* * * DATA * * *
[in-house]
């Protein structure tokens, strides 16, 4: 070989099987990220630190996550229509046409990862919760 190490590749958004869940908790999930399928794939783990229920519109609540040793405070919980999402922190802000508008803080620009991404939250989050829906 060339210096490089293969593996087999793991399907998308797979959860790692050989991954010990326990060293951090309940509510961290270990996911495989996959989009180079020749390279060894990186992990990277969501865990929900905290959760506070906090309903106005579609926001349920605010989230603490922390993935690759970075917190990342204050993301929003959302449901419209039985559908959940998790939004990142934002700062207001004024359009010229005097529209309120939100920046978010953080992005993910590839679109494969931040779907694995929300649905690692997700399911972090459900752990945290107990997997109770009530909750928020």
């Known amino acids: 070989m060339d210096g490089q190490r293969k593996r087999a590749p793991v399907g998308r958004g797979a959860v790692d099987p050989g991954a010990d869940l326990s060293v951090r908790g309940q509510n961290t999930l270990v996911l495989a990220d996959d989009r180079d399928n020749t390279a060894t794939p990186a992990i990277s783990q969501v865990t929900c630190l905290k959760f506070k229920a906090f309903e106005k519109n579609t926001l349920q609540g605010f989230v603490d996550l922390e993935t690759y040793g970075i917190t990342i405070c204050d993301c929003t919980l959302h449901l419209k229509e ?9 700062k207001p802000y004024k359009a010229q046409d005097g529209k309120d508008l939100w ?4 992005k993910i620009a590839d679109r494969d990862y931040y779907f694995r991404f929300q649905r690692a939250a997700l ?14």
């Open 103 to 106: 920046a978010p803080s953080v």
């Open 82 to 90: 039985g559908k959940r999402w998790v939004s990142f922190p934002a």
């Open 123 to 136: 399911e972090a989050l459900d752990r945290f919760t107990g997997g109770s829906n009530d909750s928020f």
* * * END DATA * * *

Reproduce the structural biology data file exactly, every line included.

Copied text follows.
[in-house]
């Protein structure tokens, strides 16, 4: 070989099987990220630190996550229509046409990862919760 190490590749958004869940908790999930399928794939783990229920519109609540040793405070919980999402922190802000508008803080620009991404939250989050829906 060339210096490089293969593996087999793991399907998308797979959860790692050989991954010990326990060293951090309940509510961290270990996911495989996959989009180079020749390279060894990186992990990277969501865990929900905290959760506070906090309903106005579609926001349920605010989230603490922390993935690759970075917190990342204050993301929003959302449901419209039985559908959940998790939004990142934002700062207001004024359009010229005097529209309120939100920046978010953080992005993910590839679109494969931040779907694995929300649905690692997700399911972090459900752990945290107990997997109770009530909750928020």
């Known amino acids: 070989m060339d210096g490089q190490r293969k593996r087999a590749p793991v399907g998308r958004g797979a959860v790692d099987p050989g991954a010990d869940l326990s060293v951090r908790g309940q509510n961290t999930l270990v996911l495989a990220d996959d989009r180079d399928n020749t390279a060894t794939p990186a992990i990277s783990q969501v865990t929900c630190l905290k959760f506070k229920a906090f309903e106005k519109n579609t926001l349920q609540g605010f989230v603490d996550l922390e993935t690759y040793g970075i917190t990342i405070c204050d993301c929003t919980l959302h449901l419209k229509e ?9 700062k207001p802000y004024k359009a010229q046409d005097g529209k309120d508008l939100w ?4 992005k993910i620009a590839d679109r494969d990862y931040y779907f694995r991404f929300q649905r690692a939250a997700l ?14």
């Open 103 to 106: 920046a978010p803080s953080v």
């Open 82 to 90: 039985g559908k959940r999402w998790v939004s990142f922190p934002a």
């Open 123 to 136: 399911e972090a989050l459900d752990r945290f919760t107990g997997g109770s829906n009530d909750s928020f």